"It is a decision that the President has made. I believe that despite that the decision on Saturday will depend on merit," he assured his supporters.
He said the key matter delegates would consider before voting would be who could unite the party and lead it to victory, come December 7, 2008.
He noted that he was in a good relationship with all the aspirants and that their quality, substance and calibre made him confident that the NPP, as a mass political party, had a future.
Mr Yaw Osafo-Maafo, another aspirant, asserted that the delegates attending the congress would not be influenced by money.
He said they would maintain the character of the party by voting for a candidate who had a mass appeal beyond the NPP, somebody who could push for a national accelerated growth and win power for the party in Election 2008.
Giving a run-down of his campaign tour of the country in a telephone interview, Mr Osafo-Maafo said, “I have an appeal beyond the NPP.
My proven track record is a clear manifestation and I am a symbol of unity. On Saturday, I will win the election.”
Dr Kwame Addo-Kufuor, also an aspirant, however, denied the rumour that the President had thrown his support behind Mr Kyerematen.
He said when he heard of the rumour, he went personally to the President and asked him about it but the President denied it.
He said knowing who President Kufuor was, he believed him when he said it was not true that he was supporting Mr Kyerematen.
Dr Addo-Kufuor said he had also done his investigations on the quiet but had no evidence to prove that the President was supporting one aspirant.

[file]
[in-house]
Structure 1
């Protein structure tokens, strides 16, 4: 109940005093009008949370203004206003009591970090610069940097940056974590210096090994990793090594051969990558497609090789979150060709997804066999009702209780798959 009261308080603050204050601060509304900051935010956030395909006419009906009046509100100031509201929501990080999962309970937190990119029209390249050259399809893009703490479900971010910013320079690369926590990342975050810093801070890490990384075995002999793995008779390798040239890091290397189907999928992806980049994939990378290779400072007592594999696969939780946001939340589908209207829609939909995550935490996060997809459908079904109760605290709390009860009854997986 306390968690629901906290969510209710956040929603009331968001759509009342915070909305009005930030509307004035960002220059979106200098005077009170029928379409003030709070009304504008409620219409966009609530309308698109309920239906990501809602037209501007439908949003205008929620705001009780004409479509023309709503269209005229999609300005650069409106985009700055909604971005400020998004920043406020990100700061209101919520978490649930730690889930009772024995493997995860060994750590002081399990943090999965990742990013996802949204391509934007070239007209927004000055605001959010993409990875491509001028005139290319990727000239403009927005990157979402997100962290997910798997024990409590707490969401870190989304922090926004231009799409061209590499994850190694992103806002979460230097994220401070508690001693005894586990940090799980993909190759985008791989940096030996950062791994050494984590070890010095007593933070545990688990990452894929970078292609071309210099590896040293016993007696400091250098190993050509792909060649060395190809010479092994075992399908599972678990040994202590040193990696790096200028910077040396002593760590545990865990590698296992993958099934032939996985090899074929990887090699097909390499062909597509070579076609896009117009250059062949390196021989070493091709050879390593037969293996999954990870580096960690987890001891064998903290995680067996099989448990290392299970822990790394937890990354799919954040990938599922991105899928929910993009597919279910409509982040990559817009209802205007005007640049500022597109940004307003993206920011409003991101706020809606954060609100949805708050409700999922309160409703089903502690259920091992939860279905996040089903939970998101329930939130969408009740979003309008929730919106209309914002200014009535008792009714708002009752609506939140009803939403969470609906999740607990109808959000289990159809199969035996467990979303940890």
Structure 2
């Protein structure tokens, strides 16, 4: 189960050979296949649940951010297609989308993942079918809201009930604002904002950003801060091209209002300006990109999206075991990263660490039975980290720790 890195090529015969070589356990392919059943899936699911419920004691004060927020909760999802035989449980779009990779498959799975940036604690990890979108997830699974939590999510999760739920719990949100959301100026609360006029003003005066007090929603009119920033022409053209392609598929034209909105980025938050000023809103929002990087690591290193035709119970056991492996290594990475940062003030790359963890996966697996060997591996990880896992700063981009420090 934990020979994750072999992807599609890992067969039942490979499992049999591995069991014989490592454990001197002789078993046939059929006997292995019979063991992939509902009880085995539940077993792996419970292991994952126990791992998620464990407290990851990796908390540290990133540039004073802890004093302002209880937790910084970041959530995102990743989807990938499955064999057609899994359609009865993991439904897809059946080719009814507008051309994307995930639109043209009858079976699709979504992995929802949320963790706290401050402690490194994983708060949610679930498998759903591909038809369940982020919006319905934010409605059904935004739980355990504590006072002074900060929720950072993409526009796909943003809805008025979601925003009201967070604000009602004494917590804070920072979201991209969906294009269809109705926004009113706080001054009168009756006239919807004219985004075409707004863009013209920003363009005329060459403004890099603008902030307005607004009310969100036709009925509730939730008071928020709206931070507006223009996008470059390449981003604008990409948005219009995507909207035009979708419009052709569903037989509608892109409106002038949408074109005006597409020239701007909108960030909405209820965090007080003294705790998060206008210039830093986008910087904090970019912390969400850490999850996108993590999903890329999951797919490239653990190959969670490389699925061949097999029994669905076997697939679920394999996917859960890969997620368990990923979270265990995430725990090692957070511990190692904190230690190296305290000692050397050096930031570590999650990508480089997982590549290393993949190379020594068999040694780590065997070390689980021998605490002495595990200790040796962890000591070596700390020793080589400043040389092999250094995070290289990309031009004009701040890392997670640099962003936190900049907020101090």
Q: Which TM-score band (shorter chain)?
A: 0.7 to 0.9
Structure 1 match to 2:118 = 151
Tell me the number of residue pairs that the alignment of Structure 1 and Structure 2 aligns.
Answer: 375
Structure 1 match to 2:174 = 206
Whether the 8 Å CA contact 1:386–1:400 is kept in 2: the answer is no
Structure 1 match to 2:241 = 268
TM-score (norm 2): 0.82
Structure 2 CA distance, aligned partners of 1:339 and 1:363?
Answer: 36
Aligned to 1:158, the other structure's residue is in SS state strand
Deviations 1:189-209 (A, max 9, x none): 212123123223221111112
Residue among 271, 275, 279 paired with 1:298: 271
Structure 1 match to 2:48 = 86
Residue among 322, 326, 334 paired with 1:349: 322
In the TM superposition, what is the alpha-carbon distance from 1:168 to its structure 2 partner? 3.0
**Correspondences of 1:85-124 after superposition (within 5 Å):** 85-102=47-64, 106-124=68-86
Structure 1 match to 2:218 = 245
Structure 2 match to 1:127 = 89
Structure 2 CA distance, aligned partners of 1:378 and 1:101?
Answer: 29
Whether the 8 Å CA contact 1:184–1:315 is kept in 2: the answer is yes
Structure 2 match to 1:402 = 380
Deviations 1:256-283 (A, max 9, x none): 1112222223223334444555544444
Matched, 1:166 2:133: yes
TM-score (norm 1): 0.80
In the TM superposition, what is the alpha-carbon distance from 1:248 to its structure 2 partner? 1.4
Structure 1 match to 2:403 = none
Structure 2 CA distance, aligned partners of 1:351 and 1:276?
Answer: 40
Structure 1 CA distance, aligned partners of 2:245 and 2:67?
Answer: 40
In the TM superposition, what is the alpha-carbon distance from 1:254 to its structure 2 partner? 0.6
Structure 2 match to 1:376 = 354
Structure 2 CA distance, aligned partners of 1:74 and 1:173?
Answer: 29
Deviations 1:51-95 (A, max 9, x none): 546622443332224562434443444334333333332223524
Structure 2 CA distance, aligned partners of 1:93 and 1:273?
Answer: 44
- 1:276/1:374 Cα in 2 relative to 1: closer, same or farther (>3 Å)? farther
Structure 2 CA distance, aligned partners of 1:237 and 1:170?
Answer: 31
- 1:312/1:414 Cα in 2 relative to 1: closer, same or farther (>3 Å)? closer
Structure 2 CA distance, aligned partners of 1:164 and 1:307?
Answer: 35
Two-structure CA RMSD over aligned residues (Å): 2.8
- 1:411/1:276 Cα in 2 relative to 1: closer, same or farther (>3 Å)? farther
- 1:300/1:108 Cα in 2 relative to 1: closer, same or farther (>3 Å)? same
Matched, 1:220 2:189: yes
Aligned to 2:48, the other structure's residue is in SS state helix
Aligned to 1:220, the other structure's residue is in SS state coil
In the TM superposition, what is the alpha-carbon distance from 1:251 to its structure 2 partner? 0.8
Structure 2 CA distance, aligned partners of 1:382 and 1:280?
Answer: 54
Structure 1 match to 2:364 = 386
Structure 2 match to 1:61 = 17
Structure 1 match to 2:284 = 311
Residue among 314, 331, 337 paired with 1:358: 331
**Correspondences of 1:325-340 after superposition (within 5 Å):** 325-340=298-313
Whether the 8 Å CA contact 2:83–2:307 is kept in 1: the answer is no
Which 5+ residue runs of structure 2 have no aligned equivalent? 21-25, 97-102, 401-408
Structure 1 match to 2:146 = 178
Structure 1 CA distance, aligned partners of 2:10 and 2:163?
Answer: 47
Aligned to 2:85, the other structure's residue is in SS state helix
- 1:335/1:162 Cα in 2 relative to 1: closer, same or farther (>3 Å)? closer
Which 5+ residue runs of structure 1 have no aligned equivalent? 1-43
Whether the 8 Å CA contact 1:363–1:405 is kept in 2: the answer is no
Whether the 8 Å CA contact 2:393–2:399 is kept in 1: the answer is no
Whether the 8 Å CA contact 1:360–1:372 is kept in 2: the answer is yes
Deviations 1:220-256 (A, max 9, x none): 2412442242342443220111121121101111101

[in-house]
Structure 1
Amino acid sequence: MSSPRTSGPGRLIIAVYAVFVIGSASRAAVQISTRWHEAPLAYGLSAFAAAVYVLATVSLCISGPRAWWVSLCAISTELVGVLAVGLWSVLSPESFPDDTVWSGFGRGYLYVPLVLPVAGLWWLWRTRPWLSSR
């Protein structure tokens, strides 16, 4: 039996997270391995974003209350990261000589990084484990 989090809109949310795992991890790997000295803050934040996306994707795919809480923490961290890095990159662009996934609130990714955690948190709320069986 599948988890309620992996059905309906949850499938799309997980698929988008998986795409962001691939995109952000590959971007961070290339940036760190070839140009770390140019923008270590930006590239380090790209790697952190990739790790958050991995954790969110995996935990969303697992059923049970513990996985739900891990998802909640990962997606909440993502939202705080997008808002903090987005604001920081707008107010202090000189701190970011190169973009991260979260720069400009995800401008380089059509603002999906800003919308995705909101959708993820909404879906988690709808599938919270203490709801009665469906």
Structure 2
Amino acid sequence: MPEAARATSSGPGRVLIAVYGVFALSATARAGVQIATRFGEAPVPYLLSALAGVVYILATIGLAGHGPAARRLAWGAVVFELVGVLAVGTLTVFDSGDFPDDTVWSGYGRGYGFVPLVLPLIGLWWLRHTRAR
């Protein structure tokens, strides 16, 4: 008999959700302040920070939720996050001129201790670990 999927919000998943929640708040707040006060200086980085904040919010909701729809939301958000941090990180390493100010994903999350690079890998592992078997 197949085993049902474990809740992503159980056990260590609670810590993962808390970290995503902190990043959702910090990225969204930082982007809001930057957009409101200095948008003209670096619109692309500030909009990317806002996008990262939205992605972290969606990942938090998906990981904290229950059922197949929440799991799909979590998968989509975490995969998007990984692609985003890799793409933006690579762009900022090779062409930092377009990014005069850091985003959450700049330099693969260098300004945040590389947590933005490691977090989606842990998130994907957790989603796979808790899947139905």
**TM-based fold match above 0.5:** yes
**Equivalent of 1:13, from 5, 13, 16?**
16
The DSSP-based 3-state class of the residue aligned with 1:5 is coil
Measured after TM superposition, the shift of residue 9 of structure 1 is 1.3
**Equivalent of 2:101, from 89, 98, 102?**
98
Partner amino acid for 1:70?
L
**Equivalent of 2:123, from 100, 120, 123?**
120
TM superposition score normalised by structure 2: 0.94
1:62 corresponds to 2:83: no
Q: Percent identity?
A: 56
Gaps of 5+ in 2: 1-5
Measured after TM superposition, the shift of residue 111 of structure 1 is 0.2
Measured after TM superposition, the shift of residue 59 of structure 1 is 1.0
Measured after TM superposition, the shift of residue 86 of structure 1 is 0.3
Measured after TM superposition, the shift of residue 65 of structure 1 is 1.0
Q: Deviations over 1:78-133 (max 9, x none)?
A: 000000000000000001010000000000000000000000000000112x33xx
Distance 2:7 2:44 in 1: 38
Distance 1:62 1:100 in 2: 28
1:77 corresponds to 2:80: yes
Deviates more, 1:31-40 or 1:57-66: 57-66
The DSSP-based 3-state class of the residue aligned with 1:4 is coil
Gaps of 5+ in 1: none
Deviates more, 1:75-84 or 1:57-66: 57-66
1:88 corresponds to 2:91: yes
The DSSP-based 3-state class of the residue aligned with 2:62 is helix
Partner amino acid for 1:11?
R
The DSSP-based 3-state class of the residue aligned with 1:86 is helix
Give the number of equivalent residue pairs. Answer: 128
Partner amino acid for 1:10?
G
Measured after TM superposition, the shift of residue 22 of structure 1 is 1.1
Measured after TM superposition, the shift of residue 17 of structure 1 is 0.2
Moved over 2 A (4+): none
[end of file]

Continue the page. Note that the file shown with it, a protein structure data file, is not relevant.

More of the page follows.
He, therefore, appealed to the delegates to discard that notion and consider the aspirant who had a good track record and a string of achievements in order to make a meaningful choice for the party.
He also urged them to also look for the one who was experienced enough and could be easily marketed in every nook and cranny of the country.
Dr Addo-Kufuor described himself as the man with all those qualities and appealed to the delegates to vote for him to lead the party to victory.
Mr Hackman Owusu-Agyeman would not be drawn into the debate on whether or not the President was supporting a candidate but underscored the need for a result-oriented, hands-on practical President who could boldly implement agreed programmes and build on the socio-economic foundations so far laid.
He said that was what was important and that whoever emerged winner must be supported by all the aspirants to rally around the flag of the NPP to win and maintain power.
“We shall see to it that the party never splits.
The experience of 1979 is too painful. If we had stayed together and not split and the PFP won the election, the history of this nation would have been different.
Story by Graphic Reporters